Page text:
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Use liquid eggs in holiday baking to lower cholesterol

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Posted: Friday, December 6, 2013 8:55 am

Dear Barbara: My husband has high cholesterol and he loves all the holiday baking. I try to cut corners where I can on the cholesterol content. I noticed that the Egg Beaters, or liquid eggs, don’t have any cholesterol. Can you bake with the egg beaters? — Maureen from Lockeford

Dear Maureen: Yes, you can bake with the liquid eggs, such as Egg Beaters. I have had several people tell me that the liquid works exactly like regular eggs, only without the cholesterol. A quarter cup equals one whole egg. If you look on the inside lid of the egg carton, which I am sure you already have, you will see that one egg has 71 percent of the daily value of cholesterol. Heaven forbid if you ate a three egg omelet! Happy baking! He’ll never know the difference!

Dear Barbara: I really don’t like to bake, but it is nice to have some cookies around when someone comes over during the holidays. I am just fine with the refrigerated cookie dough rolls like Pillsbury, so it probably seems strange that I have a question.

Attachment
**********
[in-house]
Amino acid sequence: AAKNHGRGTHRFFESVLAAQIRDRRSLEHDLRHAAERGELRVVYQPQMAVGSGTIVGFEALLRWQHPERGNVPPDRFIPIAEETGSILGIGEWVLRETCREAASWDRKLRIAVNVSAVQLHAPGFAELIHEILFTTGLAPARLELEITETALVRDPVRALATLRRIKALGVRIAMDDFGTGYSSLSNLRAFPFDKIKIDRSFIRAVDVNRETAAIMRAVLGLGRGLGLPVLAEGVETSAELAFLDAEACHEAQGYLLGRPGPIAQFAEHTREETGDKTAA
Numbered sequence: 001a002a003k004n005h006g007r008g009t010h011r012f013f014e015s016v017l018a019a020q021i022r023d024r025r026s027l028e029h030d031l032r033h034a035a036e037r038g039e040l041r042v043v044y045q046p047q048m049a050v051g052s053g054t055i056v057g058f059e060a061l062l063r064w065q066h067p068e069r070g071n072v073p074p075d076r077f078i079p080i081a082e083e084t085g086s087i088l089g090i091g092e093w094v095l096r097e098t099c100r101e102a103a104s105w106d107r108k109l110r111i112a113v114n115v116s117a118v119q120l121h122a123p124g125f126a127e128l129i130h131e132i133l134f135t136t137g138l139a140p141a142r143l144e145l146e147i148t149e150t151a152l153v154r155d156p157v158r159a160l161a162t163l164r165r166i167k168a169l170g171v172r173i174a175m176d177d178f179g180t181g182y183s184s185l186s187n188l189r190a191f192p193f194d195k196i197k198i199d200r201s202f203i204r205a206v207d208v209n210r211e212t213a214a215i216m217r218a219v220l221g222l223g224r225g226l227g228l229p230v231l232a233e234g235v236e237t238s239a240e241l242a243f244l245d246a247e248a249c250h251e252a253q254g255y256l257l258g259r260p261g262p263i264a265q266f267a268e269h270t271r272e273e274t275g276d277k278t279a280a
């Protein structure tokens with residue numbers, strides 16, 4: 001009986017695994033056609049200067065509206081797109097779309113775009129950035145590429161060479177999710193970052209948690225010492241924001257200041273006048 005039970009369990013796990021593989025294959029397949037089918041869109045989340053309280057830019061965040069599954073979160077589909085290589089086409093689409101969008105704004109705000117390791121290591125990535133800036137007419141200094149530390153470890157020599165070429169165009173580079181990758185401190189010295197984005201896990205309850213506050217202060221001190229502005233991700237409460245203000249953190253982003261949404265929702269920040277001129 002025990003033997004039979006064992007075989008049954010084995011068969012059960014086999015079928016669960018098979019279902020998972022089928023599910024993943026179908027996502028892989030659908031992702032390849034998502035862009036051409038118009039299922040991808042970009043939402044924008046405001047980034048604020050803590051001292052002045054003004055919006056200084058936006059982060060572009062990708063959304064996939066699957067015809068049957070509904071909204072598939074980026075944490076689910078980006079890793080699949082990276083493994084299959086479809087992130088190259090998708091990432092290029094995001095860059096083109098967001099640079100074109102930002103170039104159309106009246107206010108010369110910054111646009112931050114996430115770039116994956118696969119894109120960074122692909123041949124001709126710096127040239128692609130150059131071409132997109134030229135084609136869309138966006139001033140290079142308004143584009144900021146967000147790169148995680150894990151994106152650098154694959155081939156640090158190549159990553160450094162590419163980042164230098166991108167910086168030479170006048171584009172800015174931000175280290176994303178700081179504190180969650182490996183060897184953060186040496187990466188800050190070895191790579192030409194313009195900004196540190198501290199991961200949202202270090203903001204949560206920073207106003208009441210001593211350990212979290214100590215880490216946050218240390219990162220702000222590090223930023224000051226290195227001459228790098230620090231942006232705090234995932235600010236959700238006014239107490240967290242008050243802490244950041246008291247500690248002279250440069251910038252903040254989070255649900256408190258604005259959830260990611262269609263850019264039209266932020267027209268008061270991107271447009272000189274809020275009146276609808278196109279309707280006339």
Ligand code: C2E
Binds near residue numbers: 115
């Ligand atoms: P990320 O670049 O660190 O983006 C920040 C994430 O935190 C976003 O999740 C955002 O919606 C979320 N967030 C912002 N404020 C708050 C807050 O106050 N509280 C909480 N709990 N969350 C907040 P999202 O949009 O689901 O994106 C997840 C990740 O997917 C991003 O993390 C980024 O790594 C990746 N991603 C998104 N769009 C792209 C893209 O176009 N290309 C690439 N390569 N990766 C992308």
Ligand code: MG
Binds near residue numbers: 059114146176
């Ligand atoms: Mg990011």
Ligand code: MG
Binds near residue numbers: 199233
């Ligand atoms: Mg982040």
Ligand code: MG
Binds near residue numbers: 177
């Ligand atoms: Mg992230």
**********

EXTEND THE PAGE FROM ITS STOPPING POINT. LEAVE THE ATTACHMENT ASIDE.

Here’s the problem. It says to slice the dough into rounds. Have you tried that? They are smooshed and oval by the time you get them cut. The dough is stuck to my fingers and I just want to throw the whole thing in the garbage! Can you solve this one, or should I just go to a bakery and buy some cookies? — Tini from Lodi

Dear Tini: No, please don’t give up just yet! Unwrap the cookie dough, put it on a paper plate and put it in the freezer for about 20 minutes. Remove it from the freezer, and using a thin, sharp knife, cut the dough with a sawing motion, turning the tube frequently. Running your hands under very cold water will also help to keep the dough from sticking to your hands.

Holiday baking, be it from scratch or refrigerated cookie dough, should be fun, not a frustrating chore! Please try the suggestion and let me know how it worked for you.

Dear Barbara: I have a question about cookies. Most recipes say to soften the butter. I usually forget it in the microwave and it melts. Does it hurt the recipe if it is melted? Is it okay to put it in the refrigerator to solidify it and then use it in the recipe? — Susanne from Elk Grove

Dear Susanne: I never thought that it made a difference just as long as you chilled the melted butter a little until it started to harden. I have learned since that it really does make a difference.

The physical properties of the butter change once it has been melted, and therefore it doesn’t react the same when you add it to the other ingredients. Save the butter that melted and use it for cooking, but start again softening a different stick of butter for your cookies.

Barbara Spitzer is a Lodi home cook who also develops recipes for specific consumer products.

Do you have a cooking question? Send it to Barbara Spitzer at bdspitzer@comcast.net. Please include your first name and city.

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